Although hookah lounges are becoming more popular, smoking flavored tobacco through water pipes creates hazardous concentrations of indoor air pollution, according to a new study from the Institute for Global Tobacco Control at the Johns Hopkins University's Bloomberg School of Public Health.
In fact, airborne particulate matter and carbon monoxide levels exceeded those found in restaurants and bars that allowed cigarette smoking, the study found.
"There is a mistaken notion that because the tobacco smoke is drawn through the water, it's somehow cleaner or not as bad," Patrick Breysse, a professor in the department of environmental health sciences and the study's senior author, said in an interview.
To the contrary, Breysse said, the research shows "it's as bad or worse than venues that allowed cigarette smoking." Indoor airborne concentrations of carbon monoxide were markedly elevated, posing health risks for patrons and employees of hookah lounges, according to the study.
The level of nicotine concentration in the air was not as high as in places that allowed cigarette smoking, but they were elevated, according to the study.
The air quality in seven Baltimore-area water pipe bars was analyzed over a nine-month period as part of the research. From December 2011 to August 2012, researchers measured carbon monoxide levels, airborne nicotine content and respirable particulate matter. The business owners were not aware of the data collection, Breysse said.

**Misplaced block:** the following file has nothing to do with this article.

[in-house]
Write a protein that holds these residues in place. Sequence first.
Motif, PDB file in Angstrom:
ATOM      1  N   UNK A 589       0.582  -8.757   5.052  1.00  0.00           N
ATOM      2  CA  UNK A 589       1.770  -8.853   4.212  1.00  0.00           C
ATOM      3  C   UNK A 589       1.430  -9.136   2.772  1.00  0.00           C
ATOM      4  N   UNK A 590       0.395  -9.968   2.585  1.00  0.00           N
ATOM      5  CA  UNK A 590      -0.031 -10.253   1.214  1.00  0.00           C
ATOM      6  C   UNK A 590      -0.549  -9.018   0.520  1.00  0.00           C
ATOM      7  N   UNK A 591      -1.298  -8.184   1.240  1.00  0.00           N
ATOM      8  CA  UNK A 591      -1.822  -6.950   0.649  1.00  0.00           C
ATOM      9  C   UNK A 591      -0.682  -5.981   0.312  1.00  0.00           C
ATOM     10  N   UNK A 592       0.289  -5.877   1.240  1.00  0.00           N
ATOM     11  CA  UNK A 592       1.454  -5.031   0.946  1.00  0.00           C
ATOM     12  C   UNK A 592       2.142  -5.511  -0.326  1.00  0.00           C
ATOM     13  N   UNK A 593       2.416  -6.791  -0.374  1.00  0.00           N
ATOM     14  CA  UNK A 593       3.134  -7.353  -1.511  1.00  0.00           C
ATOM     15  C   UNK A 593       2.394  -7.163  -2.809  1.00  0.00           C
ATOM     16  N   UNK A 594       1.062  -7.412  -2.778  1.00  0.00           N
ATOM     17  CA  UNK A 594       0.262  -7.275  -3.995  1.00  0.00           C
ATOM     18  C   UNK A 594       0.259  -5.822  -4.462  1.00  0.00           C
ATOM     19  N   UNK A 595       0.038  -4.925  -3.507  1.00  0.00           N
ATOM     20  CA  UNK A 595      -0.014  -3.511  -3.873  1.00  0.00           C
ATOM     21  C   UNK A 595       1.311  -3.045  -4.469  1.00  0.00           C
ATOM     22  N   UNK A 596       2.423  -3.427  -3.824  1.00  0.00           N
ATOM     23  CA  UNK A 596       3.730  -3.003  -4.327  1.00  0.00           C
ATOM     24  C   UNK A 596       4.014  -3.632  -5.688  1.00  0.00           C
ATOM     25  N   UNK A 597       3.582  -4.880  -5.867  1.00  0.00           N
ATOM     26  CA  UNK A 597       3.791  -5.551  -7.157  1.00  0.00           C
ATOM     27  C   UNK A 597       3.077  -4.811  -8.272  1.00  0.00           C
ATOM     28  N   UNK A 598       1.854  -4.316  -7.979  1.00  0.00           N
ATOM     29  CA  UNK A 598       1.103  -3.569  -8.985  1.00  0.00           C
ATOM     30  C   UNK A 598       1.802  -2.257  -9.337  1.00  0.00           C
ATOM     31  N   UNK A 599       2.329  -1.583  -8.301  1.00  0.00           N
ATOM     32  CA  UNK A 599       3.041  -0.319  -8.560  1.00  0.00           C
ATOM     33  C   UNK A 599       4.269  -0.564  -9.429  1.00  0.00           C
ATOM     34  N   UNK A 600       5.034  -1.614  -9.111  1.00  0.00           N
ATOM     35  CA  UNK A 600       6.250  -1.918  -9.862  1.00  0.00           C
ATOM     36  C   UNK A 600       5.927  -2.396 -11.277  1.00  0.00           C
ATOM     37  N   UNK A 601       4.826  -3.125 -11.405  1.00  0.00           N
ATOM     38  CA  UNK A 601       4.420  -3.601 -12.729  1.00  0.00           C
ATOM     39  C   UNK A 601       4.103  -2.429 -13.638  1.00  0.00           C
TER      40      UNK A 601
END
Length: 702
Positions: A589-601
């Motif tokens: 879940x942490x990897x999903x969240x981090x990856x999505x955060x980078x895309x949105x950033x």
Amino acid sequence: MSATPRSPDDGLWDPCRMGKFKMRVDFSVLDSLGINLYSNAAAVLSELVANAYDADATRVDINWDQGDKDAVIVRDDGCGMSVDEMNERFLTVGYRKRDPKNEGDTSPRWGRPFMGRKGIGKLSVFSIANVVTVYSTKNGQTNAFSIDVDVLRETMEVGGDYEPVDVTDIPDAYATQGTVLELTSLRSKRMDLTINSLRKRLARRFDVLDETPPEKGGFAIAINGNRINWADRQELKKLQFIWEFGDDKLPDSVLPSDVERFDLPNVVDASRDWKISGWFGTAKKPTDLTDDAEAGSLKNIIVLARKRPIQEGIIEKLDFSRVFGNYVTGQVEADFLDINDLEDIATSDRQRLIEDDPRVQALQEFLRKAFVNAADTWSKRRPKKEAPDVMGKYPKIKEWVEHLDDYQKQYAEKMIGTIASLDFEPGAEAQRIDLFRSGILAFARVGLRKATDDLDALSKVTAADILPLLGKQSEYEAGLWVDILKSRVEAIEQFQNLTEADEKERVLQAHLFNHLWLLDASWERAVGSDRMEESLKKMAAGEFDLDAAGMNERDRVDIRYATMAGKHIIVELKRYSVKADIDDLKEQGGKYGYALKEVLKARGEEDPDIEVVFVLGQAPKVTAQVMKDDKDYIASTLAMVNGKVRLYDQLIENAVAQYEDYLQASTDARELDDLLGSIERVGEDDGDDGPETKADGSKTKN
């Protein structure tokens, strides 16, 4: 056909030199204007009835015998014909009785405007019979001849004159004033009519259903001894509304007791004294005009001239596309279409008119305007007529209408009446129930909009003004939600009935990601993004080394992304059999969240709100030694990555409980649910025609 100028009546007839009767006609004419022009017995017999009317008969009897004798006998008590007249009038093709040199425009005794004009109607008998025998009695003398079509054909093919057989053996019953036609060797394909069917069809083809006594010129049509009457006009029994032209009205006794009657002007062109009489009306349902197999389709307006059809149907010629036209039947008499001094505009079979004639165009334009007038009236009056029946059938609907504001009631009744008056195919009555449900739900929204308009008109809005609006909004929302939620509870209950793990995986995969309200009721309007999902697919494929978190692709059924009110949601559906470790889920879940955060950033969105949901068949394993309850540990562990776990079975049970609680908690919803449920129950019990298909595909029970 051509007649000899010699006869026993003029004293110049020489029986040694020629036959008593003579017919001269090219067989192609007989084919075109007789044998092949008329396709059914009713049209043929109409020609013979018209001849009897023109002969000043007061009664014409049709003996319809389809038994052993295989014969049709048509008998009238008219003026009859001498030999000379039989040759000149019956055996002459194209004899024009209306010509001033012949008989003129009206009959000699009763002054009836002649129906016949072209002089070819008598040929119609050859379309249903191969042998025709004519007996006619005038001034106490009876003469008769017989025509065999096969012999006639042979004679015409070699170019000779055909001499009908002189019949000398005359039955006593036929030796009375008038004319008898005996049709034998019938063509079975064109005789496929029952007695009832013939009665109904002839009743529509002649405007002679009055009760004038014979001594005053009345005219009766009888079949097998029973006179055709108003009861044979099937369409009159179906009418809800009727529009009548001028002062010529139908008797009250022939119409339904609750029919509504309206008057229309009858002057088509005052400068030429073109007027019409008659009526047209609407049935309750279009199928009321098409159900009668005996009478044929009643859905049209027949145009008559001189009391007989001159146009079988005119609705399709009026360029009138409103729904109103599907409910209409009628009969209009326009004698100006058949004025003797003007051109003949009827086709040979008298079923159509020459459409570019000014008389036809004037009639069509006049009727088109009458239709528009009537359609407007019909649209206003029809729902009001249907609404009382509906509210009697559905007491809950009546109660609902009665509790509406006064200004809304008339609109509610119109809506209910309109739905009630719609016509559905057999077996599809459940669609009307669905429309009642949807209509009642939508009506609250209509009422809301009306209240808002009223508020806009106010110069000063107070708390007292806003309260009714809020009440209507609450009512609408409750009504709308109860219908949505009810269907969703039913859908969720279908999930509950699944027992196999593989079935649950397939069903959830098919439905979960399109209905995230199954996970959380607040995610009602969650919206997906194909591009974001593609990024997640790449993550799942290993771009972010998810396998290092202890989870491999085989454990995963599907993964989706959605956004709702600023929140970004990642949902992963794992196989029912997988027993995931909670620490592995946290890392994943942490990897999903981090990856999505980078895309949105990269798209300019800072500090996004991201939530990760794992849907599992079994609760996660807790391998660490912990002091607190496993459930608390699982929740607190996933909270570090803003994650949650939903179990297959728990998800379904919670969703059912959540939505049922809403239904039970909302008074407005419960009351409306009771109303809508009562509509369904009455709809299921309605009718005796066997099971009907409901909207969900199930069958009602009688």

Calls and emails sent to various hookah lounges in the Baltimore area were not returned.
Some of the researchers' measurements showed that the lounges didn't meet air quality standards set by the U.S. Environmental Protection Agency and the World Health Organization. The findings appeared in the April 16 online edition of the Journal of Exposure Science and Environmental Epidemiology.
The researchers are continuing to study the impacts of hookah use and are now collecting data from hookah lounges in Turkey, Egypt and Russia, he said.
"Public education efforts need to be developed to educate users about the hazards of water pipe use and tobacco control policies need to be strengthened to include water pipes," Christine Torrey, senior research specialist in the Department of Environmental Health Sciences and the study's lead author, said in a statement.